Suddenly everyone who is not selling is buying and understanding what is on offer is not always easy. There are really only two different types of transaction, let us call them a ‘company sale’ and a ‘business sale’. Understanding the difference (and which one you are trying to undertake) really helps everything else fall into place, so let us try and bust some myths and send you off in the right direction.
A company sale is a transaction where the legal entity (body corporate) is acquired by the purchaser. That means all assets and liabilities are acquired and this could be a limited company or limited liability partnership. In a perfect world, every vendor would achieve this deal structure, as your post-transaction liabilities can be managed and the tax treatment frequently means a 10 per cent rate of tax on the consideration (subject to meeting all criteria for entrepreneurs’ relief). Valuations are usually based on a multiple of profitability (between six and eight has always been a good starting point), rather than an individual income stream and you should expect the due diligence process to be comprehensive. It is normal for a significant proportion of the consideration (third to a half) to be paid at completion and the balance is often supported by loan notes and/or shares of some description.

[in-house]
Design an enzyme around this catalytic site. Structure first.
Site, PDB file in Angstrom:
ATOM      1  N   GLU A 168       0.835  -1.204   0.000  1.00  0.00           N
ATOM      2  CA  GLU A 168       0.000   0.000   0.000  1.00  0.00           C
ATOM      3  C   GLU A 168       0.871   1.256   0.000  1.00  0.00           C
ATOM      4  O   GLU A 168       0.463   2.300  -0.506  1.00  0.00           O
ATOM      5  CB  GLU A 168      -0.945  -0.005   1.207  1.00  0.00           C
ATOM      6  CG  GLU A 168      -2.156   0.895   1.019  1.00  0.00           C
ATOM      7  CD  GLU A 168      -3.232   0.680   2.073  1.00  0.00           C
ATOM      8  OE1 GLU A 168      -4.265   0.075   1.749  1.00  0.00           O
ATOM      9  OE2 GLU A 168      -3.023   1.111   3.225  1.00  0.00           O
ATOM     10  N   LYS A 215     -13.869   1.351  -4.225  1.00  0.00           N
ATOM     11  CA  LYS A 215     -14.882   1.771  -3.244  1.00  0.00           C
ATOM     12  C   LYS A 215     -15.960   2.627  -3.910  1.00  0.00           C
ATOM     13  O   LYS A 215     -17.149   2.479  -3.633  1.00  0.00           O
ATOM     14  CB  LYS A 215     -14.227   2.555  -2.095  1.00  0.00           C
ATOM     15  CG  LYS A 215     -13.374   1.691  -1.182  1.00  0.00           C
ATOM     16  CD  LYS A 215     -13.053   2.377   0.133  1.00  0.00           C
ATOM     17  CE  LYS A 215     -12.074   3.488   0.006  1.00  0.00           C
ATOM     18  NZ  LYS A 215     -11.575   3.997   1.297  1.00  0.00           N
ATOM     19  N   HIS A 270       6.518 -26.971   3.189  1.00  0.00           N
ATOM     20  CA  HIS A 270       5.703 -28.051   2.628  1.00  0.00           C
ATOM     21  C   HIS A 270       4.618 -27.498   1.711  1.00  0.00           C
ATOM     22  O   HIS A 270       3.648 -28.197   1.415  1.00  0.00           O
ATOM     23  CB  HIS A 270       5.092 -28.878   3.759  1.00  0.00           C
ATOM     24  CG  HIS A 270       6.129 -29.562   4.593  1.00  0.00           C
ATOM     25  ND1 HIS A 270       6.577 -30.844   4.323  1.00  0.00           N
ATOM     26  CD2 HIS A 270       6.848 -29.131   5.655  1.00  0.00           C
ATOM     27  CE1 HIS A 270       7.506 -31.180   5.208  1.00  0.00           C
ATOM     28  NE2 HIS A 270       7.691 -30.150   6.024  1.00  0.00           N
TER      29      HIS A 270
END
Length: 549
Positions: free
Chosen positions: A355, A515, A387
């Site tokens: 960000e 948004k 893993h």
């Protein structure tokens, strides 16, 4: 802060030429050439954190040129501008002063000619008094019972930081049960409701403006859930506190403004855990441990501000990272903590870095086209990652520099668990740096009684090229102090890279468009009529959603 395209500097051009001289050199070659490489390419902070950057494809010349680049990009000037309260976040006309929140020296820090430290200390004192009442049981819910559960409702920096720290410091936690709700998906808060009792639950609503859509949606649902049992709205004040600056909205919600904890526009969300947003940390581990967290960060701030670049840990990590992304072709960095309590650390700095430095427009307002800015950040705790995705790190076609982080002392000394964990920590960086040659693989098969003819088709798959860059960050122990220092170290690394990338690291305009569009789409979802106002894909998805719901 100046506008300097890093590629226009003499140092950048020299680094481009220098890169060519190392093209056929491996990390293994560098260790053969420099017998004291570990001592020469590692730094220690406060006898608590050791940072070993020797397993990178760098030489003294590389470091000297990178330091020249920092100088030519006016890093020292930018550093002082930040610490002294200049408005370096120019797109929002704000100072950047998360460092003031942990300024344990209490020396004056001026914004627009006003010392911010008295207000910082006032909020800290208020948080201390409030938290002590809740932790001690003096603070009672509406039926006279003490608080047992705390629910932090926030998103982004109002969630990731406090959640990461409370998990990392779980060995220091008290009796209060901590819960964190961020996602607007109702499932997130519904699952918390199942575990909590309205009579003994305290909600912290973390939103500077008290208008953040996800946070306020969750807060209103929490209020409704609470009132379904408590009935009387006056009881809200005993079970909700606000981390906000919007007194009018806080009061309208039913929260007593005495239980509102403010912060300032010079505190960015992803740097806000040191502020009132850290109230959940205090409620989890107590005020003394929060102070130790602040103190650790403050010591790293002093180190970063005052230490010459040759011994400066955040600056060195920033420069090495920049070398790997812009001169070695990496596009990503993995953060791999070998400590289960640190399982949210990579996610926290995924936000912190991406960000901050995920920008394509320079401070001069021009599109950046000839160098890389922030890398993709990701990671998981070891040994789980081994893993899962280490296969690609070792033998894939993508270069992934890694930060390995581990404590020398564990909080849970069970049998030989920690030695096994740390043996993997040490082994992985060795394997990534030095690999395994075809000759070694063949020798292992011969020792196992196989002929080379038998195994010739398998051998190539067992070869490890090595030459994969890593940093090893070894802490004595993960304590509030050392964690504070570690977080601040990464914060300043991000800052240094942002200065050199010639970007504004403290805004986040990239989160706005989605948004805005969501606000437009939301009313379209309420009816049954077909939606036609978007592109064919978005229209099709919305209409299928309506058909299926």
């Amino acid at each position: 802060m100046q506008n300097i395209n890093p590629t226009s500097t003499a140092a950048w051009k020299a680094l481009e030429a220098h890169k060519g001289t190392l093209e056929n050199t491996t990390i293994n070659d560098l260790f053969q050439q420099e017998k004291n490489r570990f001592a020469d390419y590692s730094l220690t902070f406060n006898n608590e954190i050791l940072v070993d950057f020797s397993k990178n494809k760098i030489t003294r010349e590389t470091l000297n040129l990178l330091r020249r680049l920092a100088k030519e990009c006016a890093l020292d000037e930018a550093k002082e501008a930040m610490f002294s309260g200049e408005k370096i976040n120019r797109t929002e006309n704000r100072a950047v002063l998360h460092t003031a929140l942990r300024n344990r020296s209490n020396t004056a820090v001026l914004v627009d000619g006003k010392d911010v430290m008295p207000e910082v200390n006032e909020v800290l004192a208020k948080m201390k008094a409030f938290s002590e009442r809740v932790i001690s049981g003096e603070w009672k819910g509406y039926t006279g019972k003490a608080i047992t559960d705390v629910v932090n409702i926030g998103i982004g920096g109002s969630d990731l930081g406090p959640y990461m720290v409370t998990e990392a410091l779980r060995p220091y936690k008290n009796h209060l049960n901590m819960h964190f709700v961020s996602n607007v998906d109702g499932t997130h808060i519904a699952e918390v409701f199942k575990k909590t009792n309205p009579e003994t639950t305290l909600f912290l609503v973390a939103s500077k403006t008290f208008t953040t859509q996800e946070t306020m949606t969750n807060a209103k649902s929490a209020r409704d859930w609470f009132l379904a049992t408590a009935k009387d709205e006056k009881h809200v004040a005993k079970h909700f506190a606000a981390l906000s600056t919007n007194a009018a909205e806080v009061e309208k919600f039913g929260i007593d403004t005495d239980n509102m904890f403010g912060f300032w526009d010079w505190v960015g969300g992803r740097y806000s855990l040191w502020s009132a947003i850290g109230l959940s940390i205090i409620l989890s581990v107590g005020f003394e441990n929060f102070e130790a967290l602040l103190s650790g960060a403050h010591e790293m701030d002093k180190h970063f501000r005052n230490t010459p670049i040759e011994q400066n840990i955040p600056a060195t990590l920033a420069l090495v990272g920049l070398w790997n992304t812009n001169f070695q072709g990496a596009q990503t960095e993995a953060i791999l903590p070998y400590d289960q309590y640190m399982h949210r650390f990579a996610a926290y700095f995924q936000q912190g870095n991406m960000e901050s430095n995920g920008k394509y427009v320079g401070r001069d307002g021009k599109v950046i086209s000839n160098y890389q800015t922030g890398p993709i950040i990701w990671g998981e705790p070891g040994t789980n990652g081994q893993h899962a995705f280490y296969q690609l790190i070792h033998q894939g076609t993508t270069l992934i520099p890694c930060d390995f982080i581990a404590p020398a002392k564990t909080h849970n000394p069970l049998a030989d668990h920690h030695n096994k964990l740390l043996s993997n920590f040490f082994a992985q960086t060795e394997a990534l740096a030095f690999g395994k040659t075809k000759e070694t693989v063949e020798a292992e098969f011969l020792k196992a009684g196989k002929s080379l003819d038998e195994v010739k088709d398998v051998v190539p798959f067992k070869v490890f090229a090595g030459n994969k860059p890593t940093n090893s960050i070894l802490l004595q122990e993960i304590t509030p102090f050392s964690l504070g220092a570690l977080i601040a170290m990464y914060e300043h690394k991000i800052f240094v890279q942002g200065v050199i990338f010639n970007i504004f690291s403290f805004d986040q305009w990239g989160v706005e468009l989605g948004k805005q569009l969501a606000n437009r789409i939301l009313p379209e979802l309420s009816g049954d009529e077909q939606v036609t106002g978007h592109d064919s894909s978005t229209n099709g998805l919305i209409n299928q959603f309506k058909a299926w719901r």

The typical cost of this deal (advisers, lawyers, accountants and so on) and the risk it represents to the purchaser (by taking on liability for all historic advice), mean it is generally only offered to businesses that can demonstrate sustained investment and a good return. It is hard to say exactly what that looks like but as an example, strong management, enduring relationships with quality clients, receiving a proposition that focuses on them and not just their money, delivered using a sound operating platform that drives productivity while getting the best out of staff and above all a pattern of consistent profitability – phew. For numbers, think £1m turnover, £200,000 profit and a value of £1.2m as the absolute minimum. These firms are often purchased by businesses in parallel sectors (investment managers, private banks and so on) or by national IFAs and/or consolidators looking for regional hubs to build on with further acquisitions.